13 Dec Beverly Jean Miller
A Life Fully Lived
Beverly Jean (McConnell) Miller passed away on December 2nd from complications due to Alzheimer’s disease. She was 72. Beverly was born in Vale, Oregon, to Hugh Alexander and Ruth Elizabeth (Shaw) McConnell. She and her brothers, Wayne and John, lived on the family farm until they moved to Salem, Oregon. Beverly graduated from South Salem High School and received a BS in social science and English from the University of Oregon. At the UofO she met William (Bill) Miller, and they were married after their graduation.
Over their nearly 50 year marriage, Beverly enjoyed a variety of careers as the family moved within the US. She began teaching junior high school in Oak Harbor, WA, and later taught in Champaign, IL, and Tucson, AZ. While in Tucson their first son, Britt Alexander, was born. After moving to Manhattan, KS, their second son, David Allen, was born. Beverly received a MS in journalism from Kansas State University, and then worked as a reporter and the Lifestyle Editor at the Manhattan Mercury. She received a number of state and national communication awards for her work. Beverly became Project Manager of the Kansas Safety Belt Education Office, a federally funded statewide safety project housed in the extension services of Kansas State.
In moving to Salt Lake City Beverly volunteered for the congressional campaign of Karen Shepard, and when Karen was elected to the US House of Representatives, she became a member of the congresswoman’s staff. For a decade Beverly served as Executive Director of the Utah Clean Cities Coalition, a federally funded advocacy voice and organization promoting alternative fuel vehicles and the reduction of fossil fuel usage. The National Clean Cities Coalition awarded Beverly numerous prestigious awards, including being named the first “Outstanding Clean Cities Coordinator of the Year”. For several years she could be seen driving around Salt Lake in her Honda Civic wrapped in an image of the city with the words “Cleanest Vehicle on Earth” emblazoned across it.
Beverly’s mother, Ruth, provided a strong example to her for be actively engaged in her community. An activist by nature, Beverly served on the board of trustees of the Utah Heritage Foundation (now Preservation Utah) and the Literacy Action Center, and was involved with the Utah chapter of the Association of Women in Communication, and the Utah Women’s Alliance for Building Community, among other community organizations.
Her sons, Britt and David provided an immense amount of joy throughout her life, and she derived great pleasure in their development and growth into engaging, wonderful, and thoughtful men. She also fully enjoyed her daughters-in-law and grandchildren; and was delighted that her first two grandchildren were girls, as they were the first girls in her family since she was born.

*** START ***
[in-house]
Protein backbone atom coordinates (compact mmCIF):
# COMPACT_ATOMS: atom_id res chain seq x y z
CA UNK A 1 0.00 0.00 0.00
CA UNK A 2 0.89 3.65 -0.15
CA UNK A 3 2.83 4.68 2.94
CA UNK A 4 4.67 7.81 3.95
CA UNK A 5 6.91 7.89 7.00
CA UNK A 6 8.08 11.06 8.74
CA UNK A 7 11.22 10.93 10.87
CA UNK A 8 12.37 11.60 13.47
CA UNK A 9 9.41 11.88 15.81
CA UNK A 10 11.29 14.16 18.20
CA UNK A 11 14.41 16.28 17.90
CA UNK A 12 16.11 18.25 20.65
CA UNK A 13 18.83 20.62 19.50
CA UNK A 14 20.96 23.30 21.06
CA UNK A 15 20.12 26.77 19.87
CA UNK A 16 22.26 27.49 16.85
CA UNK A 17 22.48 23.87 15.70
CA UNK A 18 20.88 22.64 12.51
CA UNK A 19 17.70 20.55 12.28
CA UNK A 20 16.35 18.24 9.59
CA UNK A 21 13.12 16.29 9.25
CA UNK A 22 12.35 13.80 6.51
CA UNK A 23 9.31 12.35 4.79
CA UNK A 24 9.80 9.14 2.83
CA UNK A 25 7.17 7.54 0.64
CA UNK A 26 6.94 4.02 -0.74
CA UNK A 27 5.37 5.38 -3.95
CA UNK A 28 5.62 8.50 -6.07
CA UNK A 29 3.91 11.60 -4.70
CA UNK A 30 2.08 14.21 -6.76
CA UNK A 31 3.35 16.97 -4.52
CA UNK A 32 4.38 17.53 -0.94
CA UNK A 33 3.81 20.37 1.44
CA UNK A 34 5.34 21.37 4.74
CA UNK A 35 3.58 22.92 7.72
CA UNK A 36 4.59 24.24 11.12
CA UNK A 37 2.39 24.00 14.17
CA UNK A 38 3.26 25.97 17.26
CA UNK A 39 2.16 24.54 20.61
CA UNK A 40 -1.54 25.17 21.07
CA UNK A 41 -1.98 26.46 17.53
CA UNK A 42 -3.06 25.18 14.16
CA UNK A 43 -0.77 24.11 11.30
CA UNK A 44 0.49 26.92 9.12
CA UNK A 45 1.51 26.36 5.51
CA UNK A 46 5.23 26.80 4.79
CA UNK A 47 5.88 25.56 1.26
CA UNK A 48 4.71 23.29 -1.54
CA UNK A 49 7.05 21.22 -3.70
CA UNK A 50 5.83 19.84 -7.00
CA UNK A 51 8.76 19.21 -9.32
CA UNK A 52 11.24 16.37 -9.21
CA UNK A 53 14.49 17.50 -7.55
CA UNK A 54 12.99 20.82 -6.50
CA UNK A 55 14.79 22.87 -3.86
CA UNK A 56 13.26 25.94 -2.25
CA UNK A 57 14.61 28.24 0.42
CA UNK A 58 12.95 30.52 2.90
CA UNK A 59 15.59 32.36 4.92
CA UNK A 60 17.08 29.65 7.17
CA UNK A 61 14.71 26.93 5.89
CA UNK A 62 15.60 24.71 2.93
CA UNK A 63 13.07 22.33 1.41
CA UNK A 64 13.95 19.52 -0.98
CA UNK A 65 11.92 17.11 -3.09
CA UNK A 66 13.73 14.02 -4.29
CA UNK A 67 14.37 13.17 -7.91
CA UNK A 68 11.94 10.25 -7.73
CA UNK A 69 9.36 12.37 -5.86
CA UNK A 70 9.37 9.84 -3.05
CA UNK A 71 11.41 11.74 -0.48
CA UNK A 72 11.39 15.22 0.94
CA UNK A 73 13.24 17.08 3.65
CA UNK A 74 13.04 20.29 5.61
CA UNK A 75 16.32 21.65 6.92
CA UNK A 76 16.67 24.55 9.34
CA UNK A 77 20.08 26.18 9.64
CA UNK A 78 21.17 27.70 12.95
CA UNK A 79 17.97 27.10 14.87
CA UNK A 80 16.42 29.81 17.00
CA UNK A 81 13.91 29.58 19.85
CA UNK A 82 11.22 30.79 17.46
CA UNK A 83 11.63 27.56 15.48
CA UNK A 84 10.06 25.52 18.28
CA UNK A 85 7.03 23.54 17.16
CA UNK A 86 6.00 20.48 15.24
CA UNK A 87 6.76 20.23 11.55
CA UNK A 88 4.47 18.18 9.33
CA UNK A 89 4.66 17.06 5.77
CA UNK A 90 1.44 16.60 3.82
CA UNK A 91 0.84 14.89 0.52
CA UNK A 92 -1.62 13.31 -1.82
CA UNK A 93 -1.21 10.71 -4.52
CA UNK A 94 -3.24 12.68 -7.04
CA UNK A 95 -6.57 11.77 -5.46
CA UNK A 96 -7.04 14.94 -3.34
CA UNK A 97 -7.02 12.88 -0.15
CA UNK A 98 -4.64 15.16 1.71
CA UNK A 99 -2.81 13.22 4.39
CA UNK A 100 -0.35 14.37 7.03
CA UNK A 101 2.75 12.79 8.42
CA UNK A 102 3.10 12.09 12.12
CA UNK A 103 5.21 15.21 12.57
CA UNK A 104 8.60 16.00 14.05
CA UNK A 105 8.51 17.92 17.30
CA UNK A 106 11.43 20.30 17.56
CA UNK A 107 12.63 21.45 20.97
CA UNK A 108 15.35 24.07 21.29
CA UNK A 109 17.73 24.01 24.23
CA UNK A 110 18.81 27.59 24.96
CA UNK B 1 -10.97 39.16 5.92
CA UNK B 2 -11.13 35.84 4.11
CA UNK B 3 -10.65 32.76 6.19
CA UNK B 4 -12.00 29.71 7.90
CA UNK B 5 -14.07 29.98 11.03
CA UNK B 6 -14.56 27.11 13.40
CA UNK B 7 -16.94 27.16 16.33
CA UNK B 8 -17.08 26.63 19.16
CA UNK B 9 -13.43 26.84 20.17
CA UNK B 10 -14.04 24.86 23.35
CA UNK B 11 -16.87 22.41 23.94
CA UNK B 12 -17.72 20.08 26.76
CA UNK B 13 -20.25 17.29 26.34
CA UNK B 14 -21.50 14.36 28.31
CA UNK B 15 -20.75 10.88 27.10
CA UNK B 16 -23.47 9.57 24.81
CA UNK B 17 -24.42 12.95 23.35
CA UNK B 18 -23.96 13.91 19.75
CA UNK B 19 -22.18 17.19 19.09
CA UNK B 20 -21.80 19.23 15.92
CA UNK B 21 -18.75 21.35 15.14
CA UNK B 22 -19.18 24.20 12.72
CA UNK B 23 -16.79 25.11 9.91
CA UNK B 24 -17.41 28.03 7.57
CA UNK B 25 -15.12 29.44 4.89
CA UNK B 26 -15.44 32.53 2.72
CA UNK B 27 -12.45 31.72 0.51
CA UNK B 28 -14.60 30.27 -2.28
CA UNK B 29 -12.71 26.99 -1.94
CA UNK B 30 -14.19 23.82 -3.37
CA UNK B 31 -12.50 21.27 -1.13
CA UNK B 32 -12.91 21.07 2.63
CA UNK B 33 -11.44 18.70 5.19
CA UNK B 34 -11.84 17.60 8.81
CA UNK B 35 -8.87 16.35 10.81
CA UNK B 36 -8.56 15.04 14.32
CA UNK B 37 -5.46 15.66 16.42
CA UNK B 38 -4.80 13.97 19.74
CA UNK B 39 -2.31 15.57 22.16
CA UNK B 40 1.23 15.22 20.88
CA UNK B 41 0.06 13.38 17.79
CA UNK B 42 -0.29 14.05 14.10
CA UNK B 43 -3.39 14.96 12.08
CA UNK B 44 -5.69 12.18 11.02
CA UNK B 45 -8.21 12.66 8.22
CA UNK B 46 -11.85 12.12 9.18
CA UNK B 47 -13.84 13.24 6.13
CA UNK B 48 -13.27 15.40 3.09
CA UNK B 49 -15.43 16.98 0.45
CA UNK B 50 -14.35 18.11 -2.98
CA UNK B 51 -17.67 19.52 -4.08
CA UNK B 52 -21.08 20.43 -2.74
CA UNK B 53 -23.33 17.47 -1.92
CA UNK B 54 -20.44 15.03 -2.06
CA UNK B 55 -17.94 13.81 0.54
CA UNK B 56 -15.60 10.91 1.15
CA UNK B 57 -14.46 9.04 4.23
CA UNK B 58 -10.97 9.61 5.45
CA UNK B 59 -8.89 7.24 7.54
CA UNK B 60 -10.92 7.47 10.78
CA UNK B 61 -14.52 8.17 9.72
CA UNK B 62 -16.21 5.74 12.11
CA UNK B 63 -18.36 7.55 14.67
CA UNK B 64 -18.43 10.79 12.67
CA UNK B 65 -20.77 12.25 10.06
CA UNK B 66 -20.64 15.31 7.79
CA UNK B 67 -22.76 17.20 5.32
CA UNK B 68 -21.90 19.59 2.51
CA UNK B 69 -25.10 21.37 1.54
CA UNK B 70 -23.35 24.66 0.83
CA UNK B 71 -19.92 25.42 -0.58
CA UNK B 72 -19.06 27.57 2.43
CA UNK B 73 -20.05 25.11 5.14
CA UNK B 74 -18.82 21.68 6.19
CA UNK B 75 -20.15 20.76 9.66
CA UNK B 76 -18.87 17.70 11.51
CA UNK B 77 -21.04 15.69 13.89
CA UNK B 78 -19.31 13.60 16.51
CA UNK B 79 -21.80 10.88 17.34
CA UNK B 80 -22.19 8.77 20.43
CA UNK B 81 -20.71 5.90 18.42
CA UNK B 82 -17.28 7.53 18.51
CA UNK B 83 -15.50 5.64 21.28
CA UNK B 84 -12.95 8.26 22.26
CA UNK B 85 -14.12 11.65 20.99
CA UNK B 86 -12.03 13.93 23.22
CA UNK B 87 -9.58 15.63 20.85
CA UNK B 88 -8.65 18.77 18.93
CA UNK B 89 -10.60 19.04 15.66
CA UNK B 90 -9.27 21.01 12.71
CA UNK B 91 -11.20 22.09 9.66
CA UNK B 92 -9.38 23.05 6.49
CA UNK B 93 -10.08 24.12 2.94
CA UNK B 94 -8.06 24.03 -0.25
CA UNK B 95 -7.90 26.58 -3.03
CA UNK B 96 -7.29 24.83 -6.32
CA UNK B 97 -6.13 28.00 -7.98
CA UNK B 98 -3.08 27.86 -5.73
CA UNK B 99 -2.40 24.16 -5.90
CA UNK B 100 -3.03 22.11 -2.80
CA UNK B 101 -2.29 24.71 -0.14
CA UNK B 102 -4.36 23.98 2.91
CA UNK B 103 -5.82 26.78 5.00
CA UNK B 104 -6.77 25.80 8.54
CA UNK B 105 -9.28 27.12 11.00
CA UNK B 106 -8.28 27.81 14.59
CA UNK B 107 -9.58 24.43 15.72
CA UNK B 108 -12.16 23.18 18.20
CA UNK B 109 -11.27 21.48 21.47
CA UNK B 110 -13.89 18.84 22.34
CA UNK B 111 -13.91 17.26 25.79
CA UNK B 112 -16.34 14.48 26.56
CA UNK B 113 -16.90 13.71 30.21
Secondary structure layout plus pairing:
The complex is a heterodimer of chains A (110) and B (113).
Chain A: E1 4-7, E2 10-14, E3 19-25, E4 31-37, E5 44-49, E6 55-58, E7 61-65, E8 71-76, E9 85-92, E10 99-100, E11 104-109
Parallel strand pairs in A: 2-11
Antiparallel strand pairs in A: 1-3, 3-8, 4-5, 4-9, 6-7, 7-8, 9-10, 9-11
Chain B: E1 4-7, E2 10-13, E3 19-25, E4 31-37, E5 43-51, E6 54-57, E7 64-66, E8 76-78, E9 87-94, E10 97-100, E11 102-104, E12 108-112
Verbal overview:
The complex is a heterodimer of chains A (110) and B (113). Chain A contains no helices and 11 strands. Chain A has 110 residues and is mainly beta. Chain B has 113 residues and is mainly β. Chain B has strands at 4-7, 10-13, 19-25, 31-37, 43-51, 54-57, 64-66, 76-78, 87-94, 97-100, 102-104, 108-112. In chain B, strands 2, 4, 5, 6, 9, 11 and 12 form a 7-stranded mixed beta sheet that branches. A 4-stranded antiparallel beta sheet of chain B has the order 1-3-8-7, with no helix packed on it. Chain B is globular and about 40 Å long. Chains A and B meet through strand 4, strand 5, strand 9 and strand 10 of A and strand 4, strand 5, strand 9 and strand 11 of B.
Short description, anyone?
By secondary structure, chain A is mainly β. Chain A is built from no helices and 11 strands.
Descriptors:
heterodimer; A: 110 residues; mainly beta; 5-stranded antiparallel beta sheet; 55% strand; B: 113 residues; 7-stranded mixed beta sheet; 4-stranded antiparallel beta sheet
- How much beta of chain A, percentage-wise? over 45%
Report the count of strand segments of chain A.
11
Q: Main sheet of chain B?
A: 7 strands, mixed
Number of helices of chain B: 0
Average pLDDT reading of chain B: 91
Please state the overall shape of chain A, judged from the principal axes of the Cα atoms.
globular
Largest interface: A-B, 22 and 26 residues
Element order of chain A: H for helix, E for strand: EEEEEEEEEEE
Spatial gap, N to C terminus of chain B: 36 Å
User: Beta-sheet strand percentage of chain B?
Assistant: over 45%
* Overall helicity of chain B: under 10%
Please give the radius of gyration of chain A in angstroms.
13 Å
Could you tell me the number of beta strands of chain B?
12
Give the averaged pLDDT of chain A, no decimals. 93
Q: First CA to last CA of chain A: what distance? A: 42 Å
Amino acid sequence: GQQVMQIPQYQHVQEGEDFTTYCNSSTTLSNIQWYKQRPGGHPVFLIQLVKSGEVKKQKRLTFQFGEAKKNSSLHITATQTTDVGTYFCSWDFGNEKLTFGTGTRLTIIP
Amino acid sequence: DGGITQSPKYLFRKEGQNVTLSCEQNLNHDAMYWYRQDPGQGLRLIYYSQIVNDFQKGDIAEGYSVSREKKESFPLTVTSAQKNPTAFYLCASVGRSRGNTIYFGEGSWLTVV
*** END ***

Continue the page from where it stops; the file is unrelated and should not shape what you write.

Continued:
Beverly enjoyed international and domestic travel, and she and Bill traveled extensively in Europe, Asia, Latin America, and the U.S. She could not conceive of traveling without an architect along (Bill’s an architect, and emeritus university faculty member and academic administrator). The joy of reading and music filled her life as well, having played violin in the Salem Junior Symphony. Time on the Oregon sea coast was a particular pleasure, and she delighted in visiting family and friends throughout the US.
About ten years ago her family noticed that Beverly was having cognitive difficulties, and she was subsequently diagnosed with Alzheimer’s disease. At this time, Bill decided to retire so the two of them could devote themselves to what enjoyable times were remaining. Being the consummate advocate she was, Beverly became engaged with the Alzheimer’s Association of Utah, and she and Bill served nationally as Alzheimer’s Advocates, traveling to Washington, DC to lobby Utah’s congressional delegation to support Alzheimer’s funding. Always willing to discuss her Alzheimer’s, Beverly gladly became the subject of several newspaper and television pieces on coping with the disease and caregiving. The family would like to thank the staff at Osmond Senior Living – Memory Care, and Tender Care Home Health and Hospice for their support and care of Beverly.
Beverly was preceded in death by her parents, Hugh and Ruth McConnell. She is survived by her husband Bill; sons Britt (Katie Tonkovich) and David (Heather) and grandchildren Isabelle, Penelope, Lucas, Benjamin, Landon, and Dawson; brothers Wayne (Darlene) McConnell and John (Lynn) McConnell; and family throughout the country.
A Celebration of Life will occur at City View Memoriam at 2:00 PM on January 12, 2019 (go to www.cityviewmemoriam.com). In lieu of flowers, the family would appreciate donations in Beverly’s name to the Alzheimer’s Association of Utah or the University of Utah Center for Alzheimer’s Care, Imagining and Research.